The banks of the Cor being worn away by some impetuous land-floods, there was discovered, about the year 1660, a skeleton, conjectured to be that of a man, of extraordinary and prodigious size. The length of the thigh-bone was nearly six feet, and the skull, teeth, and other parts, proportionately monstrous: so that the length of the whole body was computed at 21 feet!
Some parts of it were in the possession of the Earl of Derwentwater, in 1693. A singularly large bone found here, was in the kitchen of the Old George Inn, in the flesh-market, New castle, for many years. The bone was purchased by the proprieter of the Keswick Museum, where it is shown as the rib of a giant Cor, found at Corbridge: beings for whom the Earth would seem unsuitable to tread upon.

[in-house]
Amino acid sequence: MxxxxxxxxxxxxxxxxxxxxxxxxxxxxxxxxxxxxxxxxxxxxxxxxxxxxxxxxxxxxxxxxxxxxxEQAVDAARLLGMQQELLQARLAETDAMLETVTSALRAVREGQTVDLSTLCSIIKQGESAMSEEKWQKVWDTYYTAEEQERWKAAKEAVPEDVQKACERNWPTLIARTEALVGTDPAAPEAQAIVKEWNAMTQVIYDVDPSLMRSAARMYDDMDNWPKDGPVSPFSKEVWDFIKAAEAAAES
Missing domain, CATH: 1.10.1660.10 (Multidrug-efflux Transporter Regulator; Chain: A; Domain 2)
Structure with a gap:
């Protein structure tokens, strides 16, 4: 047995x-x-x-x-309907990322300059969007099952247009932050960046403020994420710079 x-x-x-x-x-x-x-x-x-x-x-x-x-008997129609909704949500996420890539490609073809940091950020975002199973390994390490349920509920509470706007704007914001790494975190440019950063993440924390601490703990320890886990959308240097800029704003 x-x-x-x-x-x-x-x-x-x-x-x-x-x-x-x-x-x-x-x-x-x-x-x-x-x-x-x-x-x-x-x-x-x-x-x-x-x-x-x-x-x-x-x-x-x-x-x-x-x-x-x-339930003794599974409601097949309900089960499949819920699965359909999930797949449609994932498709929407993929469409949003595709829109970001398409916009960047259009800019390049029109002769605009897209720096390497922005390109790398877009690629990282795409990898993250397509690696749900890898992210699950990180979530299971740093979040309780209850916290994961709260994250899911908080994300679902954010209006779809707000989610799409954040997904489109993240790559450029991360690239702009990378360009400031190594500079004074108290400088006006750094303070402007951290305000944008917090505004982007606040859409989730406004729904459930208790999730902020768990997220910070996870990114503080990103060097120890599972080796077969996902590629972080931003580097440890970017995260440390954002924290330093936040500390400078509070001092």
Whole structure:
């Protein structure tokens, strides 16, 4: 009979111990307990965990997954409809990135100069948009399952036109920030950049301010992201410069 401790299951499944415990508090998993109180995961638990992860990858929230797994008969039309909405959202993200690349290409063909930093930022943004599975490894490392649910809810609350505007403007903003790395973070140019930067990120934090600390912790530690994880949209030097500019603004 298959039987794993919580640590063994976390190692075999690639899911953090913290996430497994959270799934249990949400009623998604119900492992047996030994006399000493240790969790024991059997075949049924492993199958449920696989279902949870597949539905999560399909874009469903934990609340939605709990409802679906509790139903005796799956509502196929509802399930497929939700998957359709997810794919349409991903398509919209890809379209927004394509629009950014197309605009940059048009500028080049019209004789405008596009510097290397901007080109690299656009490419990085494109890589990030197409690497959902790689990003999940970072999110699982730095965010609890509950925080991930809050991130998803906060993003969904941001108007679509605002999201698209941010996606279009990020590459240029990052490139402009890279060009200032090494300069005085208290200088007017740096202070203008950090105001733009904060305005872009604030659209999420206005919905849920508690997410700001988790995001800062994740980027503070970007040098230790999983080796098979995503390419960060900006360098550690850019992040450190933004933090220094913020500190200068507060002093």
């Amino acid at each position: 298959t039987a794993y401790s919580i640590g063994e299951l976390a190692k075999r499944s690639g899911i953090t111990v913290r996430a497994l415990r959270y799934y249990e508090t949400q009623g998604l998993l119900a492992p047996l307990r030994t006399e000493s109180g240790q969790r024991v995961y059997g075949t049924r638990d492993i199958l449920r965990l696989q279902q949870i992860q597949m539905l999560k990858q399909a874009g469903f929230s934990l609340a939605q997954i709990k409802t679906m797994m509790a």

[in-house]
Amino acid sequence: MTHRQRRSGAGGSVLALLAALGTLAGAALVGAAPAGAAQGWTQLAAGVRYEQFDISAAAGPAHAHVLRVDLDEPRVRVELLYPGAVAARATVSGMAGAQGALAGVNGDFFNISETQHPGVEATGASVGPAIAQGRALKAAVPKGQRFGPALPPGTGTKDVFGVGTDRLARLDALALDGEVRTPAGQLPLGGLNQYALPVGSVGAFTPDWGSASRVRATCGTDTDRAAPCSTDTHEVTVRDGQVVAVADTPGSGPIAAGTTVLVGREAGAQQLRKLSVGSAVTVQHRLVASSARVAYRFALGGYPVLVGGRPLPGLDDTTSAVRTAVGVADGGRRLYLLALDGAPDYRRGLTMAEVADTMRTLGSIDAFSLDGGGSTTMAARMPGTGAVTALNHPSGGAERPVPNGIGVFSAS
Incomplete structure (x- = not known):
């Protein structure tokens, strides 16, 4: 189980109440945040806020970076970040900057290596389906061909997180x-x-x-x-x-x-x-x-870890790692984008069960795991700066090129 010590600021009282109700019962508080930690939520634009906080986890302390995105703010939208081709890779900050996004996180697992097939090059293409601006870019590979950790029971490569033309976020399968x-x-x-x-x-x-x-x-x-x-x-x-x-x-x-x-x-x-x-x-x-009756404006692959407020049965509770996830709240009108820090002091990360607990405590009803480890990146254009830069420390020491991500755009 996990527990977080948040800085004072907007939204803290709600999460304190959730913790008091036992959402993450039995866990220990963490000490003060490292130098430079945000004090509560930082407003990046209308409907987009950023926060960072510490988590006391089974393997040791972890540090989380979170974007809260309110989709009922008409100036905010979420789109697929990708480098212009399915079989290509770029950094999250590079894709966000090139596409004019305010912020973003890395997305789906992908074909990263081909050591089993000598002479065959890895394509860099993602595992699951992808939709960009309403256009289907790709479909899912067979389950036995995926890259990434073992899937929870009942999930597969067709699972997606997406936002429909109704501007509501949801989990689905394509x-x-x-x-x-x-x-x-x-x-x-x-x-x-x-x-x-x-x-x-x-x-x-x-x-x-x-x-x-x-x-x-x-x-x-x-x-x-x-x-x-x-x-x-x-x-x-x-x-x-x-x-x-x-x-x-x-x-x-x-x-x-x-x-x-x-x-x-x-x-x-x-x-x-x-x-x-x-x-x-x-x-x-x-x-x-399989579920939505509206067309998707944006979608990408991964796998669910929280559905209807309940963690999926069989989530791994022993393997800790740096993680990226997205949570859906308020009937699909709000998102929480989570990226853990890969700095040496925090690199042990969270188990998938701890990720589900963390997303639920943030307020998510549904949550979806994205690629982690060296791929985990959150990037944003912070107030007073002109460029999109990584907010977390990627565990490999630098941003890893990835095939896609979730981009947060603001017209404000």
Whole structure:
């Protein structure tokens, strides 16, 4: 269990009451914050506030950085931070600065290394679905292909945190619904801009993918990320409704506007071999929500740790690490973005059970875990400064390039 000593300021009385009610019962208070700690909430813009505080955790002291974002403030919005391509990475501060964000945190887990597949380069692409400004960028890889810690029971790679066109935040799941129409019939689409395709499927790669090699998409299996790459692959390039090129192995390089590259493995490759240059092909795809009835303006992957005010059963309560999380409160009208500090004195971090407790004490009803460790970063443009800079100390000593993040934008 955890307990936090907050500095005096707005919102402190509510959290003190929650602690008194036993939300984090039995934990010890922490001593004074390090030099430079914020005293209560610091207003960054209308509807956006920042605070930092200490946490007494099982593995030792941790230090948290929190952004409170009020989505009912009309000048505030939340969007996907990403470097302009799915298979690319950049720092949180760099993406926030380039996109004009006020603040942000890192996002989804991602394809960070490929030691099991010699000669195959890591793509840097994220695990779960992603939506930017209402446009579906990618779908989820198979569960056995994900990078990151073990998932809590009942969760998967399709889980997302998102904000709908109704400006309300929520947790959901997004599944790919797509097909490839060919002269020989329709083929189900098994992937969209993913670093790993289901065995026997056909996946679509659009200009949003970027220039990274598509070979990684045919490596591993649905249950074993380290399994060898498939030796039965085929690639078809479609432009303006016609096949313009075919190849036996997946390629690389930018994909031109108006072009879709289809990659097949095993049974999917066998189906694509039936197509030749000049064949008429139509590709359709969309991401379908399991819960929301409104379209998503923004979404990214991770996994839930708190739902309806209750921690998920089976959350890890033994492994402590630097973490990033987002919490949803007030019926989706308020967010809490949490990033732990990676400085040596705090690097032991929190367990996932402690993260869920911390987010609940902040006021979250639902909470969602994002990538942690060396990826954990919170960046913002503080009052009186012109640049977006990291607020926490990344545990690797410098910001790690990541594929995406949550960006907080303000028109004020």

But there is (an abundance) of evidence that mankind that mankind has degenerated in size.
History has given examples of gigantic human remains, progressively decreasing from 30 feet to 10 feet in height: living giants have seldom exceeded seven feet in height. . .